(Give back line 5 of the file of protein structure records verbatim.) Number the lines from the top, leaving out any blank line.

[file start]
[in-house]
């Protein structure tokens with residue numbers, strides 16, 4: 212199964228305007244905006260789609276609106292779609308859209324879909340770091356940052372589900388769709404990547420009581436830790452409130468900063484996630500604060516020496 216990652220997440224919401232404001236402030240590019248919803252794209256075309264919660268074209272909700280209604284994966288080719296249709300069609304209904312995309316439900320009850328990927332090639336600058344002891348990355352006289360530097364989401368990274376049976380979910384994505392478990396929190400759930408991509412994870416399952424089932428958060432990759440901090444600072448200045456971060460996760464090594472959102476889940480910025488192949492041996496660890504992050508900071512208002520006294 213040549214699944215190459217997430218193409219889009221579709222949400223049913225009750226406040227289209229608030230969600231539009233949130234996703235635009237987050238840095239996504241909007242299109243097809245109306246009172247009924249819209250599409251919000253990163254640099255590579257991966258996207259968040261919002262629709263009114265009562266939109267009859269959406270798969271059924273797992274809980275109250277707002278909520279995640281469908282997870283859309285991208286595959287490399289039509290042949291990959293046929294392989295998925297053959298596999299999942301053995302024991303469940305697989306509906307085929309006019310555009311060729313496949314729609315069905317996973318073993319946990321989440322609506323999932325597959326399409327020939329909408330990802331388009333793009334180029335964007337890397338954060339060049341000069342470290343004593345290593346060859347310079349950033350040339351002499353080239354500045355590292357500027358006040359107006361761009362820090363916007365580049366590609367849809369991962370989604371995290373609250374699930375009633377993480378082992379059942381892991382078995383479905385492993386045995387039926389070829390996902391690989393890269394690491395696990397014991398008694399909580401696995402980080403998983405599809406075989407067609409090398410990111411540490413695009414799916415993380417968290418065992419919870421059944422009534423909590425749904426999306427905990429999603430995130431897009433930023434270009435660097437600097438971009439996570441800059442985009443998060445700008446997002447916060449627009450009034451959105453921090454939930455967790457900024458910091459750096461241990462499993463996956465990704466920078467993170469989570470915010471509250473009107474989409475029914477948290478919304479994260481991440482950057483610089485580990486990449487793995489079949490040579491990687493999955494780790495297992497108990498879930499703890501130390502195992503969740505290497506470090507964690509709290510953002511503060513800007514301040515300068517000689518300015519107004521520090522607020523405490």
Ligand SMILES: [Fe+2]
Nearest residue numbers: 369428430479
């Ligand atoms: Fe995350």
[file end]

């Ligand atoms: Fe995350």